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Successful Interviewing | Part I - Be Prepared

Updated: Jan 31



In this two part series, we'll discuss best practices to be prepared for professional interviews. This post is all about preparing to be successful before the interview starts. Our next post (Thursday, February 01, 2024) will talk about how to ensure success during the interview.


Preparing yourself for an interview can be both exciting and nerve-wracking, especially when it comes to facing interviews that can shape your career. The key to success lies in preparation. We'll explore the best practices to help you confidently navigate professional-level interviews and leave a lasting impression on your potential employers.


Research the Company and Role

Before stepping into the interview room (physical or virtual), invest time in understanding the company and the specific role you're interviewing for. Familiarize yourself with the organization's values, mission, and recent achievements. Additionally, delve into the responsibilities associated with the position and identify how your skills align with the requirements.


Demonstrating this knowledge during the interview not only showcases your genuine interest but also proves that you are well-prepared and committed to contributing to the company's success.


Know Your Resume Inside Out

Expect the interviewer to dive deeply into your resume, asking detailed questions about your experiences, accomplishments, and skills. Be ready to speak eloquently about each point on your resume, emphasizing your contributions and the impact you've made in your previous roles. This not only highlights your achievements but also reflects your ability to articulate your professional journey.


Also, be prepared for pitfalls. These come in two different fashions:

  • Maybe your resume is a bit light on key experience that the company is looking for. The interviewer should push on your experience to better understand what you bring to the table. If you know you're a bit light on the experience the job posting is looking for, be ready to address that.

  • There might also be things on your resume that make you uncomfortable to discuss for whatever reason. Maybe you left a job because the culture didn't align for you. Perhaps you've been terminated or laid off. No matter what, make sure that you're ready to discuss these things. Know what your comfort zone is and be especially prepared for the little nuggets on your resume that could push you outside of your comfort zone. In these circumstances, it's also important to set boundaries. There may be certain things that you'll address, but only to an extent. Practice reaching those limits and then honoring them.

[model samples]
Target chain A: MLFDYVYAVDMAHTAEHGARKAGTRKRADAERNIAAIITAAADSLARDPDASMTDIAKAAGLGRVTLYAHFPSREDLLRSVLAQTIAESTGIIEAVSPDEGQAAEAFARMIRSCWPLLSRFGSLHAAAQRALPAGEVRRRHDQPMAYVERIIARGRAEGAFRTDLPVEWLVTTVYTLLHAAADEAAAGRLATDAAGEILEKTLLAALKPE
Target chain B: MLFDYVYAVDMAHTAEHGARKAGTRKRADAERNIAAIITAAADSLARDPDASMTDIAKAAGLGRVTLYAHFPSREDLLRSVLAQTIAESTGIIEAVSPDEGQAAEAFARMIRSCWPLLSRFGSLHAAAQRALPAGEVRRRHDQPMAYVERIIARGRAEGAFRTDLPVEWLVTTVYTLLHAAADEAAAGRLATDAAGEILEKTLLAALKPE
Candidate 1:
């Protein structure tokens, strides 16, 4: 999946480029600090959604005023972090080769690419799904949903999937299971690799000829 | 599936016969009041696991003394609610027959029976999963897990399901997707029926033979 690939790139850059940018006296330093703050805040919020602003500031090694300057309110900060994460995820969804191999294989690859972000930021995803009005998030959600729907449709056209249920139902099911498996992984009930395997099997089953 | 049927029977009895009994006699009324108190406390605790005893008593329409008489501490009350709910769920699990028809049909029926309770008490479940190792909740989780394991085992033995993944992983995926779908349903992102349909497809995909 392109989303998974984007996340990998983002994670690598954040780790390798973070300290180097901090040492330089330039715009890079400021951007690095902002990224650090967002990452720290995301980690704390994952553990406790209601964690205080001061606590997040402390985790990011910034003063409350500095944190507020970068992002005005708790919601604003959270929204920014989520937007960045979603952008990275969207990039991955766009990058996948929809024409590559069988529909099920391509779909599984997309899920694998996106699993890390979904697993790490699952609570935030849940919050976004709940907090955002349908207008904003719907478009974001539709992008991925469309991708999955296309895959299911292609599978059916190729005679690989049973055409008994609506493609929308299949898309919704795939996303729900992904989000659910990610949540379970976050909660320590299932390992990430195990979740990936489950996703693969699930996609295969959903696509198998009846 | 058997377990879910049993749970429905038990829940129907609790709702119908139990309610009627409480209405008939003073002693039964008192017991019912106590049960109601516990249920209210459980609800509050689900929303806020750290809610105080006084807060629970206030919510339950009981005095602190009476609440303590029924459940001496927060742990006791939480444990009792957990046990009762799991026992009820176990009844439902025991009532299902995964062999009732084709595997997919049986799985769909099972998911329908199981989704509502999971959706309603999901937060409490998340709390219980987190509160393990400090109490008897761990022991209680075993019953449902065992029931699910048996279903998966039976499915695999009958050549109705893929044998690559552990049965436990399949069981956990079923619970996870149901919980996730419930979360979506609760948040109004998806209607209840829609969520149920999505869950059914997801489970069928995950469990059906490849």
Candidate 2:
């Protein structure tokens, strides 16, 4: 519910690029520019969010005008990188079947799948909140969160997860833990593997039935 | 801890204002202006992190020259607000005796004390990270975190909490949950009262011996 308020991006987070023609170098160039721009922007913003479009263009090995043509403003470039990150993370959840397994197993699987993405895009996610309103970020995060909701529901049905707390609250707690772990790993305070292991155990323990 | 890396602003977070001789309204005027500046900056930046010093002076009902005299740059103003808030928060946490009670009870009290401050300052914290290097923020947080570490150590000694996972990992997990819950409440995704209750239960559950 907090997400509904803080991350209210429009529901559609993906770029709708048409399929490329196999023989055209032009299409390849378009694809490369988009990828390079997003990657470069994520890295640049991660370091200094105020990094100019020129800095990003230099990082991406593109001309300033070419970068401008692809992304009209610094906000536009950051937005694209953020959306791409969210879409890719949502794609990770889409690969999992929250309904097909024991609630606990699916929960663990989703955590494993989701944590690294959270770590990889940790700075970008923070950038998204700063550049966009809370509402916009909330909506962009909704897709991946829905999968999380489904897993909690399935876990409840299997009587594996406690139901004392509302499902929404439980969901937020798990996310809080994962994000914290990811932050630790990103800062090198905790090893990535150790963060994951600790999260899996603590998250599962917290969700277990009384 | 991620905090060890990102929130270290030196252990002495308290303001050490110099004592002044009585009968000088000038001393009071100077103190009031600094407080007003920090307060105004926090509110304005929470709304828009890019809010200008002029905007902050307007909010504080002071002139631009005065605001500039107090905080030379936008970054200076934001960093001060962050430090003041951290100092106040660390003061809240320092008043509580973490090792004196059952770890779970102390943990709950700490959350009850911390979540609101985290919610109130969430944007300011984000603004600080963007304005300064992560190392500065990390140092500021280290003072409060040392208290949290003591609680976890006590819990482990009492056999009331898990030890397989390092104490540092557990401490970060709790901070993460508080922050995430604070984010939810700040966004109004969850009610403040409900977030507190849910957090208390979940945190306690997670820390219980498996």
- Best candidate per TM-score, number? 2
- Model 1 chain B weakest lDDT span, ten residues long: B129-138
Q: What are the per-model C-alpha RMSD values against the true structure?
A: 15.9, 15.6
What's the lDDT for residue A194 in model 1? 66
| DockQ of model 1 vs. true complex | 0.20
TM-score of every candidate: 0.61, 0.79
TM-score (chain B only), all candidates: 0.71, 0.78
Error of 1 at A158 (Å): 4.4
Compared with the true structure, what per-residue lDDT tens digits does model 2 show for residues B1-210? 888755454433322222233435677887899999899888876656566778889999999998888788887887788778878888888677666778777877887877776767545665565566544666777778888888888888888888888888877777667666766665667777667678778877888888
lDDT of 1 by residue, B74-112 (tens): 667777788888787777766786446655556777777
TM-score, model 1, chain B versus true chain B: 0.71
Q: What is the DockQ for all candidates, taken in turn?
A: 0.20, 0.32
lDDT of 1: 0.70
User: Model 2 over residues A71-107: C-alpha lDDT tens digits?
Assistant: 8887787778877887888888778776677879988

Practice Common Interview Questions

While you can't predict every question, certain inquiries are standard in professional interviews. Develop concise and compelling responses for common questions such as:

  • Can you tell us about yourself?

  • What are your strengths and weaknesses?

  • Describe a challenging situation you've faced at work and how you overcame it.


Practicing these responses will boost your confidence and help you present your thoughts clearly during the interview.


Dress Appropriately

Dress per the company's culture. Research the dress code, and when in doubt, opt for slightly more formal attire. This not only reflects your respect for the company but also shows that you take the interview seriously.


If you're not sure where to find out about the organization's dress code, try checking their career page, LinkedIn page, or Glassdoor reviews.


Prepare Thoughtful Questions

At the end of the interview, you'll likely be asked if you have any questions. Use this opportunity to demonstrate your genuine interest in the role and the company. Ask about the team dynamics, company culture, or any recent developments within the organization. Thoughtful questions not only showcase your enthusiasm but also give you valuable insights into whether the company is the right fit for you.


Don't plug "questions to ask during an interview" into your favorite search engine when you're preparing for this. Remember that recruiters and hiring managers are spending hours each day conducting these conversations. Your questions can be something that helps set you apart. Generic questions aren't going to cut it; be toughtful and intentional in what you ask. Have them ready before the call and be polished in delivering those questions.


Some of my favorite questions to ask when I'm an interviewee are:

  • "When was the last time the team/the organization made a change because of feedback from employees?"

  • "How do you keep the team informed about the health of the organization and it's progress toward achieving it's goals?"

  • "What was the last big change the organization had to navigate, and how do you feel the change was received?"

  • "What's the biggest goal the organization has for 20XX and how will this team help contribute to achieving that goal?"


Mastering the art of professional interviews requires careful preparation, thoughtful reflection, and a commitment to presenting your best self. By researching the company, knowing your resume inside out, practicing common interview questions, and asking thoughtful questions, you'll be well on your way to success. Remember, confidence comes from preparation, so invest the time and effort needed to stand out in your professional interviews and take the next step in your career journey.


If you're currently looking for your next opportunity, Garnet Bridge can help, with a variety of services for job seekers. Contact us to learn more!






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